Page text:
Seafood features prominently in Swedish cuisine, with many Swedish dishes featuring the produce of its lakes and coastal waters. Pickled herring is a mainstay of Swedish cuisine, and is often the centre piece of a Swedish smorgasbord, a buffet consisting of meatballs, mini sausages and pickled herring. Gravlax (dill-cured salmon) is another favourite seafood dish, which is often served with cold potatoes and mustard sauce. Lingonberries are used to add sweetness and flavour to many dishes, both sweet and savoury. A versatile food and condiment (in the form of lingonberry jam), lingonberries are served with meatballs, scattered over potato pancakes, and thrown over the top of ice cream. The local variation of sandwiches are open-faced and make for a popular lunchtime meal. Räksmörgås, or shrimp sandwich, is perhaps the most popular variation, with shrimp, egg slices, lettuce, tomato, and crème fraîche all piled on top of a slice of bread.
Given the cold climate, perhaps its no wonder that the Swedish are such big coffee drinkers, with Sweden having the second highest consumption of coffee in the world. Traditional beverages also consumed in Sweden include glögg (mulled wine) and akvavit (an alcoholic spirit, which is sometimes flavoured).
Health & Safety
Generally speaking, Sweden is safe to travel in, though always exercise common sense while travelling.
Whenever you travel overseas, it’s always wise to take an appropriate travel adaptor. The electricity supply in Sweden runs at 230V and 50Hz. Sweden uses Type C and Type F electric plugs, so make sure you have the right travel adaptor with you.
Sweden has a single time zone, Central European Standard Time (UTC+1). Daylight savings commence on the last Sunday of March, and conclude on the last Sunday of October.
If you’re on an Odyssey tour, we take care of tipping so you don’t need to give it a second thought. However, in your free time, or if travelling independently, it’s essential that you tip an appropriate amount for services. Tipping is not customary in Sweden, though tips are appreciated.
Wifi is widely available in Sweden and should be freely accessible in most hotels, cafes and restaurants.
Check with your cell phone provider to see whether you’re able to make calls and use data while in Sweden. Many providers will allow you to pay a daily fee that allows you to make calls and check the internet while only being charged your regular rates. However, be certain to inform your provider that you’re heading overseas, because just like a bank they can turn off your service as a result of unusual activity.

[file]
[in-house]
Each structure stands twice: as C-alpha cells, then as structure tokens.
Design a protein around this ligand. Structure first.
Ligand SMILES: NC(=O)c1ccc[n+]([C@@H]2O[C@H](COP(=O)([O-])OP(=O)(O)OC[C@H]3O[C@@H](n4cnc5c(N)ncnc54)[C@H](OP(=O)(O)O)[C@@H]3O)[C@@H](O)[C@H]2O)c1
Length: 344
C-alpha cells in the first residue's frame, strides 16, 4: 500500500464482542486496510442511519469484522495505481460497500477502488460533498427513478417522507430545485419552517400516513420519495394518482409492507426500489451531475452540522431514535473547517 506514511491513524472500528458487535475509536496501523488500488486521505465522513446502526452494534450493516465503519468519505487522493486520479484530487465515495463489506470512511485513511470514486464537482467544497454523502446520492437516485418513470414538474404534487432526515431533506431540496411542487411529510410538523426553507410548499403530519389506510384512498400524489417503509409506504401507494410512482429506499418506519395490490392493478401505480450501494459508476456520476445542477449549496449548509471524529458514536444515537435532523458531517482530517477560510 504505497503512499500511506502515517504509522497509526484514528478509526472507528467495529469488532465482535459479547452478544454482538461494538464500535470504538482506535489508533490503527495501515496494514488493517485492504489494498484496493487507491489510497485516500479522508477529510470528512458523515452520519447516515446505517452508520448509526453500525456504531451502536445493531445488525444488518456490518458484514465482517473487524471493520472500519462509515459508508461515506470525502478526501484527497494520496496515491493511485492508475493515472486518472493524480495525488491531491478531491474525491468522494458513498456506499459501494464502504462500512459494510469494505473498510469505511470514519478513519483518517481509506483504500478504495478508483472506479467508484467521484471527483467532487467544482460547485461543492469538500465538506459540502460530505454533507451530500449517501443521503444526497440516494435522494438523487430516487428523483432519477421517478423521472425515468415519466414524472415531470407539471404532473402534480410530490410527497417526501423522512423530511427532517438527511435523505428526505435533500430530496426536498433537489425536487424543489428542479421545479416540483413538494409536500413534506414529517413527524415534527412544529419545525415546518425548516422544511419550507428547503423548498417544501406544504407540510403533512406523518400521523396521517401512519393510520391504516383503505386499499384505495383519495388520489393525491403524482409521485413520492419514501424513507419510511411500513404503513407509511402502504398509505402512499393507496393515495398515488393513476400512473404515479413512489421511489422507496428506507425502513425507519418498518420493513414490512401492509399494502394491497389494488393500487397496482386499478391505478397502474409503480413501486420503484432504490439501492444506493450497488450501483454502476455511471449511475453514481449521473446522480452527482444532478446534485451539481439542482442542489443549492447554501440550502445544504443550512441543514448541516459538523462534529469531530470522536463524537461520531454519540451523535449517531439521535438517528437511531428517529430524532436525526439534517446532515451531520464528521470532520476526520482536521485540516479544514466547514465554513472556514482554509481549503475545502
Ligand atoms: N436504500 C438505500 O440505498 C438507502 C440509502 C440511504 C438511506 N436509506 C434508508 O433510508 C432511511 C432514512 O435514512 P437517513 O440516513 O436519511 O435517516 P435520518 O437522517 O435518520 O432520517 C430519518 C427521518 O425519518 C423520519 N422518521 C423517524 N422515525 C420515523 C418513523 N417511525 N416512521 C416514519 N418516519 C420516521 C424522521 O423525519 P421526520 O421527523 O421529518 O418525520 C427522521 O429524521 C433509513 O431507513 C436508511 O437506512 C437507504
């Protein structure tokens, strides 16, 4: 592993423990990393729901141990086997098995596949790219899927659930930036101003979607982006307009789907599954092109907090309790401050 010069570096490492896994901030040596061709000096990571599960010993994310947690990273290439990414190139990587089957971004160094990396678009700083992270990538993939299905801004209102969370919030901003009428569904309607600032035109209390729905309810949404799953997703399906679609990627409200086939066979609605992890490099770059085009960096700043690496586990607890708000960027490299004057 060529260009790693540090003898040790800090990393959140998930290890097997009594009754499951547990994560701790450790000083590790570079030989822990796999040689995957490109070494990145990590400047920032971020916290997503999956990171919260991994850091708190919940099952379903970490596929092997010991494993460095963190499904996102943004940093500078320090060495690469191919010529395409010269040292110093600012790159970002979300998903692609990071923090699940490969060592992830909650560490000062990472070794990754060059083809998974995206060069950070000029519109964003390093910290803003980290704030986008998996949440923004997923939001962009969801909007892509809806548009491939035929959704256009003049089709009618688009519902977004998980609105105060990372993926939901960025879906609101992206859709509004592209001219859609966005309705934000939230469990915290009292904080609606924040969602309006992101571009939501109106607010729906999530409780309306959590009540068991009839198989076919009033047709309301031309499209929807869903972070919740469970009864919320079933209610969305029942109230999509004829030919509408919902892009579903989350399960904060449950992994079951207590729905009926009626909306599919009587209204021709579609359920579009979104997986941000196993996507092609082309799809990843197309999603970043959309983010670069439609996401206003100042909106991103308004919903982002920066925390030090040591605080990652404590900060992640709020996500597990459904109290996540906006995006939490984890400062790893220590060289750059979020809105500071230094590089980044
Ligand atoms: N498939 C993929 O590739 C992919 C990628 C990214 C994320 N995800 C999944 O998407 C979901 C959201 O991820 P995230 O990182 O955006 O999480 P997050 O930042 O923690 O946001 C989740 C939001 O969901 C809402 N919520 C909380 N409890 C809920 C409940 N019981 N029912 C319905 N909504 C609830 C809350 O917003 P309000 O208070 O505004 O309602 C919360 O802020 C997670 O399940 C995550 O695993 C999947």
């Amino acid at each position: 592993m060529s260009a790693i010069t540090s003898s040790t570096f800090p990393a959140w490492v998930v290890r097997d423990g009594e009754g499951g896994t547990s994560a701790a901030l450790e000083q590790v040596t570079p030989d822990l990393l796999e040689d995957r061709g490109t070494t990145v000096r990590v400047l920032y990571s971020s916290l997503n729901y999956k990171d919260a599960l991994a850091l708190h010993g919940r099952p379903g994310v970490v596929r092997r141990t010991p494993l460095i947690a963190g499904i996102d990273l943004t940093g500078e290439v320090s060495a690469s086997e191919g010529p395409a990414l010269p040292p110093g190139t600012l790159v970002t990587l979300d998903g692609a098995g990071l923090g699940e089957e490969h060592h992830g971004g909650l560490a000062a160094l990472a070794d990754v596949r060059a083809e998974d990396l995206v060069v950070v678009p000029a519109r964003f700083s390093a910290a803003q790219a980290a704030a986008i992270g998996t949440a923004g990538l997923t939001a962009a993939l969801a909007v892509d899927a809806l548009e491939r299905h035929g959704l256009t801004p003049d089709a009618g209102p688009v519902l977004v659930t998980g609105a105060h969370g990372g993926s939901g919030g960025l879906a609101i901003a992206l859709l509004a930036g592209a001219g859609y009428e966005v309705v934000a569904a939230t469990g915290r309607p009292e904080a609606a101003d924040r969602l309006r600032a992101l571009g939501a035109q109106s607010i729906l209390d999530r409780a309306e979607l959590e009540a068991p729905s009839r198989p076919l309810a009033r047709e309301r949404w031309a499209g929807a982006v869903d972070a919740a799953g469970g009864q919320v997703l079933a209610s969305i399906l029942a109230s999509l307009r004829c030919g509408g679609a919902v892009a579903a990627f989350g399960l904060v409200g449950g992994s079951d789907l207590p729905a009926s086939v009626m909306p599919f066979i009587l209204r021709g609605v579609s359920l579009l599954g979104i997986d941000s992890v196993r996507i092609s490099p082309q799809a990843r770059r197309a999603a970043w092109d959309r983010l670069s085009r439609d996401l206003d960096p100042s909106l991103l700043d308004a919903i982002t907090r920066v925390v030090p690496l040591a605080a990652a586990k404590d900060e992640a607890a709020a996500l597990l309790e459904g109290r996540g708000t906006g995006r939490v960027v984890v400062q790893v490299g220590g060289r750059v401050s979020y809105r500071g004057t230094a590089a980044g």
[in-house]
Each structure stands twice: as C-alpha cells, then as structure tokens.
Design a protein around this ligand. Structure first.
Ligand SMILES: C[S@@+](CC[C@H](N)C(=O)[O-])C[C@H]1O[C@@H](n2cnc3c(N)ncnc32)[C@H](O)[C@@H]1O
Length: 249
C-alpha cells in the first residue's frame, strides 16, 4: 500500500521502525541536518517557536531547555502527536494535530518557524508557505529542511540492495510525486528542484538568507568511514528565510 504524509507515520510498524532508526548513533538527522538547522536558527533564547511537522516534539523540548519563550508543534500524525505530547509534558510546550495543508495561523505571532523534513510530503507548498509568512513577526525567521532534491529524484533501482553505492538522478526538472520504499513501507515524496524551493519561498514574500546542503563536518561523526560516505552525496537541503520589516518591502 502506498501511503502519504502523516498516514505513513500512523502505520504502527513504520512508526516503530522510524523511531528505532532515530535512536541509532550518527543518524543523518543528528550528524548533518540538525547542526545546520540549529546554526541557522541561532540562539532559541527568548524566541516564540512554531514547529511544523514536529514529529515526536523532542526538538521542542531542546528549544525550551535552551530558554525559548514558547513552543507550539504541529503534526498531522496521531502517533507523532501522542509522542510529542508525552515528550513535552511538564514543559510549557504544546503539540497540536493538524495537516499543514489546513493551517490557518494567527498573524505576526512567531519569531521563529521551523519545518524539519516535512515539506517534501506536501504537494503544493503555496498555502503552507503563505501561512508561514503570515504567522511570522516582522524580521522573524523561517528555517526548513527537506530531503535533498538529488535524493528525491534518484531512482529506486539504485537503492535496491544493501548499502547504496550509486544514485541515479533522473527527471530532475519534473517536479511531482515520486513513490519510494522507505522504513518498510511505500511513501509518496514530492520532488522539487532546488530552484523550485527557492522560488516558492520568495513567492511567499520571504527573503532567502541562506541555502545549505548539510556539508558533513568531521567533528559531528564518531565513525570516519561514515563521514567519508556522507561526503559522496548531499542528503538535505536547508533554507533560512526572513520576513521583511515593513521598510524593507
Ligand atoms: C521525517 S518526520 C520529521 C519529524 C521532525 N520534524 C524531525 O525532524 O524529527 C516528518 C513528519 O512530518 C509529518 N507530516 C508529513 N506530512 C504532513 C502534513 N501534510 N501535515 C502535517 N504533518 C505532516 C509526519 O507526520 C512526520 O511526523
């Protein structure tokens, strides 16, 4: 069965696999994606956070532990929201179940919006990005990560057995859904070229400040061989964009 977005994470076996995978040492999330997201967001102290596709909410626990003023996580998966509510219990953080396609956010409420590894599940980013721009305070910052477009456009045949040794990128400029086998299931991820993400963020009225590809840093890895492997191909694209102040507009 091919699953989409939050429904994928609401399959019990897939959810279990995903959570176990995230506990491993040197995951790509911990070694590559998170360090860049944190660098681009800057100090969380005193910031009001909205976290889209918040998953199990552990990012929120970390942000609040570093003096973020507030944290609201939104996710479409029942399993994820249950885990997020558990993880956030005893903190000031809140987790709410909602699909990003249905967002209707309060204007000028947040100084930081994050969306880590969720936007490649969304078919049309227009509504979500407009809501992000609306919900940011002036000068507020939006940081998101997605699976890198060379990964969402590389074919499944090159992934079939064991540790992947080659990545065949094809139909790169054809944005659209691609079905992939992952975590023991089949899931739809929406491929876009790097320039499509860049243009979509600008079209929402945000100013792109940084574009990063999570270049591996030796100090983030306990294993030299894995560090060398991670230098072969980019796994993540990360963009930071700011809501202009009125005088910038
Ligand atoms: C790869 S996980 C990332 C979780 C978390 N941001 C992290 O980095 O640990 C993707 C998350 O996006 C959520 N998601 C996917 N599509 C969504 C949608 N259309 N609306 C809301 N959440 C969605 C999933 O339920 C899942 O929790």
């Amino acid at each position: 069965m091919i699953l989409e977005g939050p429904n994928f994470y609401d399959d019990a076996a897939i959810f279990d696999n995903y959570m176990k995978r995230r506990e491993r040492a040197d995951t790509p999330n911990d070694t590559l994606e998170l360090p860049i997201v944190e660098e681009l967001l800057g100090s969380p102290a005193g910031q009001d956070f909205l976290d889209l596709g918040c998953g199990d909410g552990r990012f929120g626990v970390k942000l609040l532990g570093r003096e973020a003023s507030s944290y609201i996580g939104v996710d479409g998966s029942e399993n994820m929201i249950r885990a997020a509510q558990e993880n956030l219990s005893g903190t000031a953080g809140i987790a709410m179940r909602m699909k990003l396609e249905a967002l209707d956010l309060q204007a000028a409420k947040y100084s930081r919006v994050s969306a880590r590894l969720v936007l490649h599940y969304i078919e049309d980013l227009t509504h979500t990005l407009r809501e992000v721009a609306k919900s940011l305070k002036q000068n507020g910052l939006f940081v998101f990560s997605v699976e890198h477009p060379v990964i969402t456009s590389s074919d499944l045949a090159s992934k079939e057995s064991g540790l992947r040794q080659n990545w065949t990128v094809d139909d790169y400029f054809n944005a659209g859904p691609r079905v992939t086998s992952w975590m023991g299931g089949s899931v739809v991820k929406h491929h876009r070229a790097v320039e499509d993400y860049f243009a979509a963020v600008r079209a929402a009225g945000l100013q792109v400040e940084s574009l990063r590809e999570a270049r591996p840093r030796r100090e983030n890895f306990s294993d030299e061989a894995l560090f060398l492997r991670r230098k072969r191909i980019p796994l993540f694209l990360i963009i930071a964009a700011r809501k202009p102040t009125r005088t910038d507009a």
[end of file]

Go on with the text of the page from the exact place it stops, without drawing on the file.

Responsible travel tips for Sweden
- Learn at least the local greetings to break the ice. Although most locals speak English, the more you know of the native language, the greater your experience of the country will be.
- Carry a business card in your wallet or purse from your local hotel, to assist you with the return journey if you do become lost.
- Always ensure that you are covered by travel insurance. If you need advice on this feel free to contact Odyssey and we’ll be able to help.
- Before departing, make sure you have a number of kronor in a range of denominations. You don’t want to be carrying around enormous amounts of cash, but take enough to make it easy to pay in locations that might not accept credit card. It will also help you avoid card transaction fees, and it makes tipping a breeze.
- When travelling independently, make sure you check the opening hours of shops and museums so that you don’t miss out! Also be certain to check whether your trip coincides with any public holidays, so you can plan accordingly.
- Before departing on your trip, contact your bank to inform them that you may be making purchases overseas. Otherwise, they may flag any activity on your account as suspicious. Also, check which ATMs and banks are compatible with your cards, to ensure you can withdraw cash with minimal fees.